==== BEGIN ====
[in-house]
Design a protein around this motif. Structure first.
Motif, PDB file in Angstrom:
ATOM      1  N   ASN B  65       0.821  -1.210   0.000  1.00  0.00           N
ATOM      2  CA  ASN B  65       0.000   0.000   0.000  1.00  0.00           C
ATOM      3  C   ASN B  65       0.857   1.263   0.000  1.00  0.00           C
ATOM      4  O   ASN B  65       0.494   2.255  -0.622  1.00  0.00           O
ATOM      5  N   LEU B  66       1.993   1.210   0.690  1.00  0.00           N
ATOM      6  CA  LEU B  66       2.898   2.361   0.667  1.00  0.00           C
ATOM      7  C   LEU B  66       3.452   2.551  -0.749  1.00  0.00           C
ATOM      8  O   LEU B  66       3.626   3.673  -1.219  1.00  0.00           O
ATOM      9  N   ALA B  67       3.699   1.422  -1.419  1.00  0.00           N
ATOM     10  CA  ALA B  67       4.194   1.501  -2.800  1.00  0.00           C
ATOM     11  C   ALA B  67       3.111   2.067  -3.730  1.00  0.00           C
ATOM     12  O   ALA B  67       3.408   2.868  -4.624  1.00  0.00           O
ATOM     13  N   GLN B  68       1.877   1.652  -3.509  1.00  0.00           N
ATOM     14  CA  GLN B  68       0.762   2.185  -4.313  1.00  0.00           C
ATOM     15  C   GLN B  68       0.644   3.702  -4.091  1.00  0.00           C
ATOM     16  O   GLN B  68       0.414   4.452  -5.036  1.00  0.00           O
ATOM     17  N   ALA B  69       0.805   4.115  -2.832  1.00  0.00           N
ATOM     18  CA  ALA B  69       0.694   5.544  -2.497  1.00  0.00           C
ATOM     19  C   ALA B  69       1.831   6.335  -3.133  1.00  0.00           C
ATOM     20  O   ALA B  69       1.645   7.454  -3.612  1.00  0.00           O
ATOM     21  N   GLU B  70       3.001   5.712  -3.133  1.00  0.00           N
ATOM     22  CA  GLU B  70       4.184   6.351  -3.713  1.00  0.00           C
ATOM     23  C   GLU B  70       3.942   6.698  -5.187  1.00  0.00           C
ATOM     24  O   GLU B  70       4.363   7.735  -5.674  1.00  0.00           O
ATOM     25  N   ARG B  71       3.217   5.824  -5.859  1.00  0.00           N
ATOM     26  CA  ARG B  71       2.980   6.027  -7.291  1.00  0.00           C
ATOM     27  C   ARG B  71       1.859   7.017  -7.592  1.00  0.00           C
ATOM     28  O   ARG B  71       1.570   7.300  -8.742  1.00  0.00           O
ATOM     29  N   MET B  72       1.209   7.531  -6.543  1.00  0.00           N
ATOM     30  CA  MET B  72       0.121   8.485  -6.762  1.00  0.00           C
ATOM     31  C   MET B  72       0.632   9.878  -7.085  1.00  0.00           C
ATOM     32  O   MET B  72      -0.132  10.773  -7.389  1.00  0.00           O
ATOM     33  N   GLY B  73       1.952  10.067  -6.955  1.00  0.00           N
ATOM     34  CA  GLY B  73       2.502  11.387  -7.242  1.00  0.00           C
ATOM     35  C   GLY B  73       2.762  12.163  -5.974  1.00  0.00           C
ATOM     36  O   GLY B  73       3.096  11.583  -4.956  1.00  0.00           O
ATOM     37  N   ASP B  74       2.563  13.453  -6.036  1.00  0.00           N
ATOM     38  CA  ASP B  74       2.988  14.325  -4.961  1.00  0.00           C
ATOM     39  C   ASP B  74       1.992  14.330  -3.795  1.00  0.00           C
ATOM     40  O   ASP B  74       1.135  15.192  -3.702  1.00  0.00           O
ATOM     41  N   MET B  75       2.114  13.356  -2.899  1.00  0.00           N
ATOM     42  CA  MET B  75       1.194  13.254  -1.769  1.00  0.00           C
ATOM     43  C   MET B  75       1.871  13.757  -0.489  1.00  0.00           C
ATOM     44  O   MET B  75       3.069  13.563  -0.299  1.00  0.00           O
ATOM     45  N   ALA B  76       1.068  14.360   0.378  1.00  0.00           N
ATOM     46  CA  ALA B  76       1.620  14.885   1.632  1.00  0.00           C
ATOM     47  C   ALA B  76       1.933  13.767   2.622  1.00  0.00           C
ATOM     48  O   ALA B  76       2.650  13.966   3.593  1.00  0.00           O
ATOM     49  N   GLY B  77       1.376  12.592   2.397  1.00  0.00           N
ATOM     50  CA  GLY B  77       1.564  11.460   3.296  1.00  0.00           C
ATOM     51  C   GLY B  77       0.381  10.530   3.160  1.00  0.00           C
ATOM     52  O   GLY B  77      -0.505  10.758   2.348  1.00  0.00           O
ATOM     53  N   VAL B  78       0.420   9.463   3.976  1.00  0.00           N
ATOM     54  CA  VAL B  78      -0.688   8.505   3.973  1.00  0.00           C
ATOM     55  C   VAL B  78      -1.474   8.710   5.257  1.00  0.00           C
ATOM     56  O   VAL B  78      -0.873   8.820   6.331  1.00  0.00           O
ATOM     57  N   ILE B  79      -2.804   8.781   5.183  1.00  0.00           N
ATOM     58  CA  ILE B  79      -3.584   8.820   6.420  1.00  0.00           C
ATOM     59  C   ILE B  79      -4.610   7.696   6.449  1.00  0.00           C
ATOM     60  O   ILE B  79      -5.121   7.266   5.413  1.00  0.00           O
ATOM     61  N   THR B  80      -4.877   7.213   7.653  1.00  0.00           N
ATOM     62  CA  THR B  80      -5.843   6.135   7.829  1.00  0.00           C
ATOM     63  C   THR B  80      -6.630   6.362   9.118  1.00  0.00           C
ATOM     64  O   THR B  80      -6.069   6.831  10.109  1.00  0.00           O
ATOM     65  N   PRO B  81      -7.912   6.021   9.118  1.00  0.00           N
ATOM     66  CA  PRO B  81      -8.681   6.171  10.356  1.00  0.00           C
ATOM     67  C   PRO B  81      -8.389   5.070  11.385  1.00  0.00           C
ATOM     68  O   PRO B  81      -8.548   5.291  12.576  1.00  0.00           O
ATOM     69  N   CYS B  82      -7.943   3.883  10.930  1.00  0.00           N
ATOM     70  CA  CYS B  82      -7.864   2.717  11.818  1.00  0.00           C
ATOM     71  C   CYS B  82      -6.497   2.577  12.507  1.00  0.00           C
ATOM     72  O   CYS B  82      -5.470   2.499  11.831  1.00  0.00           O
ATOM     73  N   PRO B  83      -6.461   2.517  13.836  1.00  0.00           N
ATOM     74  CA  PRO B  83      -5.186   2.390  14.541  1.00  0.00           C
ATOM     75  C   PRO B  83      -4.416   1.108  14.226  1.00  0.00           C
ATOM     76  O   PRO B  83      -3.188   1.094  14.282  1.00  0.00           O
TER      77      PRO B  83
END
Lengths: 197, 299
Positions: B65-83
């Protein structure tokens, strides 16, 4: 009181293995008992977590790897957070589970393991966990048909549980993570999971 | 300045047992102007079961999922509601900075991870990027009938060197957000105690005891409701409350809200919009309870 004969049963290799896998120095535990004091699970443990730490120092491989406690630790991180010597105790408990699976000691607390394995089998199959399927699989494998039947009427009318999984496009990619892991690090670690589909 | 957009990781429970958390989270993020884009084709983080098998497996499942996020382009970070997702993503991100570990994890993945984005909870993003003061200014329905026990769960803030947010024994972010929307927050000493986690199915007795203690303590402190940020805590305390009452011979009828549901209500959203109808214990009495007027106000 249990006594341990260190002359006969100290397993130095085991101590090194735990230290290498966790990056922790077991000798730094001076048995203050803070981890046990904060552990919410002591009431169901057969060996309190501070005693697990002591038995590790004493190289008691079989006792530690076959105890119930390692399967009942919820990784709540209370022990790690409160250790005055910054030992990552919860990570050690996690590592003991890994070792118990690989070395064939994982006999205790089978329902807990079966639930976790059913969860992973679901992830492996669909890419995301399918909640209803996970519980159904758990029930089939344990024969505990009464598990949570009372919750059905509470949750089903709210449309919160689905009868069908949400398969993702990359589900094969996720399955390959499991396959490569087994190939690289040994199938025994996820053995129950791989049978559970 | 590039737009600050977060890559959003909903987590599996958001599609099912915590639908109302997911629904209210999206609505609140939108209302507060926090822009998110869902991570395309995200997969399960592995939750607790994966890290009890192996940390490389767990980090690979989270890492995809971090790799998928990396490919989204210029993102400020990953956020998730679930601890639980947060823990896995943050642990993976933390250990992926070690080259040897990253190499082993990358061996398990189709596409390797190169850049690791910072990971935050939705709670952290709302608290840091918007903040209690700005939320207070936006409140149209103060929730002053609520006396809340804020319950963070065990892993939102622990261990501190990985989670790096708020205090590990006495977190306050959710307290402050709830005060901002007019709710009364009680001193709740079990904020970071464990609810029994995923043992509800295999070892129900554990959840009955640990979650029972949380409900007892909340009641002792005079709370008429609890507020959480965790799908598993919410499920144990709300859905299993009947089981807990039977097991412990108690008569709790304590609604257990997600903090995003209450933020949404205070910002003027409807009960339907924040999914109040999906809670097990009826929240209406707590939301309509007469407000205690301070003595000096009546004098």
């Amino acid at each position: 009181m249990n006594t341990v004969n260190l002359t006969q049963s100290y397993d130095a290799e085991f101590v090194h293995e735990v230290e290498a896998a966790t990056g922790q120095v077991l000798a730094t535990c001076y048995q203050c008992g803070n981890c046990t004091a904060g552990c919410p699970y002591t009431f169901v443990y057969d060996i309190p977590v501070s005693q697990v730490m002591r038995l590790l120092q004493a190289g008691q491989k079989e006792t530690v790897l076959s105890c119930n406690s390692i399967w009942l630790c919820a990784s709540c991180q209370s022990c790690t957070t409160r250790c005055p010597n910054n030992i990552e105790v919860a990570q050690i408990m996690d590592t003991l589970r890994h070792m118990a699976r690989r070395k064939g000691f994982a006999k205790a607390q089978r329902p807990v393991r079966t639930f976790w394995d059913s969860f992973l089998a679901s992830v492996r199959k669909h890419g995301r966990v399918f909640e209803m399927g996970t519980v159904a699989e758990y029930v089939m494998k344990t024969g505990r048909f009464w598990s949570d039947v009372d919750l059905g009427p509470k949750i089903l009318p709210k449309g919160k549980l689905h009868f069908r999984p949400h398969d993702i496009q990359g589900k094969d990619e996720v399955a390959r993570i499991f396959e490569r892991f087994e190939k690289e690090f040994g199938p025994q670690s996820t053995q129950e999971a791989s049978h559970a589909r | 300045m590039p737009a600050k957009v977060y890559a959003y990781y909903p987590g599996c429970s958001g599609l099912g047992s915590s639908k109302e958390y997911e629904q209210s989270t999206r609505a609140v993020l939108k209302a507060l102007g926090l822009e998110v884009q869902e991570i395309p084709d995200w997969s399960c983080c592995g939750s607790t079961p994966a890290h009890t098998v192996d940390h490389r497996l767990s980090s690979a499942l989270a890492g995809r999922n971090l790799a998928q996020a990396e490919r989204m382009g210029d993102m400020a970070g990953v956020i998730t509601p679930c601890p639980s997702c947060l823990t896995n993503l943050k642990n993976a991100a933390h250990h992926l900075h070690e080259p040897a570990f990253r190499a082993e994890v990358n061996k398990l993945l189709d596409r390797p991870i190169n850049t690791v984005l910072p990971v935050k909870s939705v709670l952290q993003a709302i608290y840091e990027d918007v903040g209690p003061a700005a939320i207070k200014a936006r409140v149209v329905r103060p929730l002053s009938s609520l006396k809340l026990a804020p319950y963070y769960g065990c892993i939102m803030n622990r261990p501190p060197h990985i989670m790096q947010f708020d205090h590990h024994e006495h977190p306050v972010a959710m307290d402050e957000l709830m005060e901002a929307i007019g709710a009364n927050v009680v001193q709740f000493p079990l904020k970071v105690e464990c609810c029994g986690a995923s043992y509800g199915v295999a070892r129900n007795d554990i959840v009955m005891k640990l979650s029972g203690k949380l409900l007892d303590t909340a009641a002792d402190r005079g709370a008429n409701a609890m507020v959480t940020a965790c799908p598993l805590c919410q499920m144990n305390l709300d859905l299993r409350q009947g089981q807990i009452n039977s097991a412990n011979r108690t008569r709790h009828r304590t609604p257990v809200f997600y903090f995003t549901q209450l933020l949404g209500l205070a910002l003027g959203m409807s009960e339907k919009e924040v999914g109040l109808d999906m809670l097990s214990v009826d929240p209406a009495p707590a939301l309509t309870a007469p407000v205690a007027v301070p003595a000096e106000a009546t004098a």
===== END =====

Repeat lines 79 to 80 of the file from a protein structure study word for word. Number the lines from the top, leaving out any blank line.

ATOM     76  O   PRO B  83      -3.188   1.094  14.282  1.00  0.00           O
TER      77      PRO B  83